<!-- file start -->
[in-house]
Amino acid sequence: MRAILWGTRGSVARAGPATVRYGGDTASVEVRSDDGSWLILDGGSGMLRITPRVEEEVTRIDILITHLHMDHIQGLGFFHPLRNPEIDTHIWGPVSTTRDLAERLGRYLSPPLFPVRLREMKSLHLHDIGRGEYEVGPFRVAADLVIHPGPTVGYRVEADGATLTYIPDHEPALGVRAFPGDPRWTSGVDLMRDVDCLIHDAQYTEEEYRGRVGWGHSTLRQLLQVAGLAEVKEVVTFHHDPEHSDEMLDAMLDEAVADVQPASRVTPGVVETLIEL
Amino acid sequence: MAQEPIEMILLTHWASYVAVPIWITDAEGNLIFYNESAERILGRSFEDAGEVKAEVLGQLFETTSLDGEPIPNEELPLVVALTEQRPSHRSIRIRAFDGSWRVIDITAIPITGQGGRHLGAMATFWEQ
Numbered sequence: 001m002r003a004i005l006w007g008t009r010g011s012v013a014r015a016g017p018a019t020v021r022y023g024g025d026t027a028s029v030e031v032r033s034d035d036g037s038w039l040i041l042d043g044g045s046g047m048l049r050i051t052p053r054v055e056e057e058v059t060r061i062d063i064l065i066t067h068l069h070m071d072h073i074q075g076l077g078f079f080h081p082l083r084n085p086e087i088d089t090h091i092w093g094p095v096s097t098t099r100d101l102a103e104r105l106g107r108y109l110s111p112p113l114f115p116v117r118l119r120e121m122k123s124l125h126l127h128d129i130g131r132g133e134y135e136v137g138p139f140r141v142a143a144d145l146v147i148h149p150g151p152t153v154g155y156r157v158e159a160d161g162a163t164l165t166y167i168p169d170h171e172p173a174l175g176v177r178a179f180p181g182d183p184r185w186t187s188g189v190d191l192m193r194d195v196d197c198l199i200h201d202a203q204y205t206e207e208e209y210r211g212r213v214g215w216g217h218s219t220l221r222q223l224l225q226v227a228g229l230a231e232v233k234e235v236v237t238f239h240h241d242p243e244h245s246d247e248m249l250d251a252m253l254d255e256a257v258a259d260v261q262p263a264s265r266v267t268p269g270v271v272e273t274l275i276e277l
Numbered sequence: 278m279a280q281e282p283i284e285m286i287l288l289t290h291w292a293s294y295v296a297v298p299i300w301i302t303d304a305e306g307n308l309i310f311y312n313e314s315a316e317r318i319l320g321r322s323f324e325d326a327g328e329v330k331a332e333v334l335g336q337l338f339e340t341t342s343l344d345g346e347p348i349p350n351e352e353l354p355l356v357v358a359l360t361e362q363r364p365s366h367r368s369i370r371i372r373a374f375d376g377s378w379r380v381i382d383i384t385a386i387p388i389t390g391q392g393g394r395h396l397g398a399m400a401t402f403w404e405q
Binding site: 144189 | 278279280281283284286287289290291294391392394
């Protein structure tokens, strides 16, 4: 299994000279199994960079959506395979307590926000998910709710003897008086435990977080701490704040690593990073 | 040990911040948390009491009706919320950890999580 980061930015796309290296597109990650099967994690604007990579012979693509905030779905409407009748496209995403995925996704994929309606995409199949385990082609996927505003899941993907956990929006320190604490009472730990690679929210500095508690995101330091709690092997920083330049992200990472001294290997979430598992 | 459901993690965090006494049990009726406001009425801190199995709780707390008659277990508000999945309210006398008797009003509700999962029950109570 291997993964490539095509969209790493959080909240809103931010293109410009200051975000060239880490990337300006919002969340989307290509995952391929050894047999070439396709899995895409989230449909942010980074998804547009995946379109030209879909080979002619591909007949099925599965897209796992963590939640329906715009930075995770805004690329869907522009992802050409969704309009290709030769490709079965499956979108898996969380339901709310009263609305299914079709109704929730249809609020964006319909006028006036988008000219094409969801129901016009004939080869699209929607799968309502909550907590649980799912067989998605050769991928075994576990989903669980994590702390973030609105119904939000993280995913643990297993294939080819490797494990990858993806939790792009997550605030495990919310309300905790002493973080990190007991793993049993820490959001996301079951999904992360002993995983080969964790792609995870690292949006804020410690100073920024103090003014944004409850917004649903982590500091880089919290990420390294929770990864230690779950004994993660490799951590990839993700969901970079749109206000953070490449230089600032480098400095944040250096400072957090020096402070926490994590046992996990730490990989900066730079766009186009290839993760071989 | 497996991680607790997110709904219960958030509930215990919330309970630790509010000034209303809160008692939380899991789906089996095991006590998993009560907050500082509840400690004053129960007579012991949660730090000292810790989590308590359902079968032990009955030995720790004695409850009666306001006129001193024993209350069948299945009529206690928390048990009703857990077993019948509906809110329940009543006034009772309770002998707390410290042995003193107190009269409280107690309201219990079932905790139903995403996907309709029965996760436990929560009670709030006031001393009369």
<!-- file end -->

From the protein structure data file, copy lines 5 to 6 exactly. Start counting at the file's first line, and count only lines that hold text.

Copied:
Numbered sequence: 278m279a280q281e282p283i284e285m286i287l288l289t290h291w292a293s294y295v296a297v298p299i300w301i302t303d304a305e306g307n308l309i310f311y312n313e314s315a316e317r318i319l320g321r322s323f324e325d326a327g328e329v330k331a332e333v334l335g336q337l338f339e340t341t342s343l344d345g346e347p348i349p350n351e352e353l354p355l356v357v358a359l360t361e362q363r364p365s366h367r368s369i370r371i372r373a374f375d376g377s378w379r380v381i382d383i384t385a386i387p388i389t390g391q392g393g394r395h396l397g398a399m400a401t402f403w404e405q
Binding site: 144189 | 278279280281283284286287289290291294391392394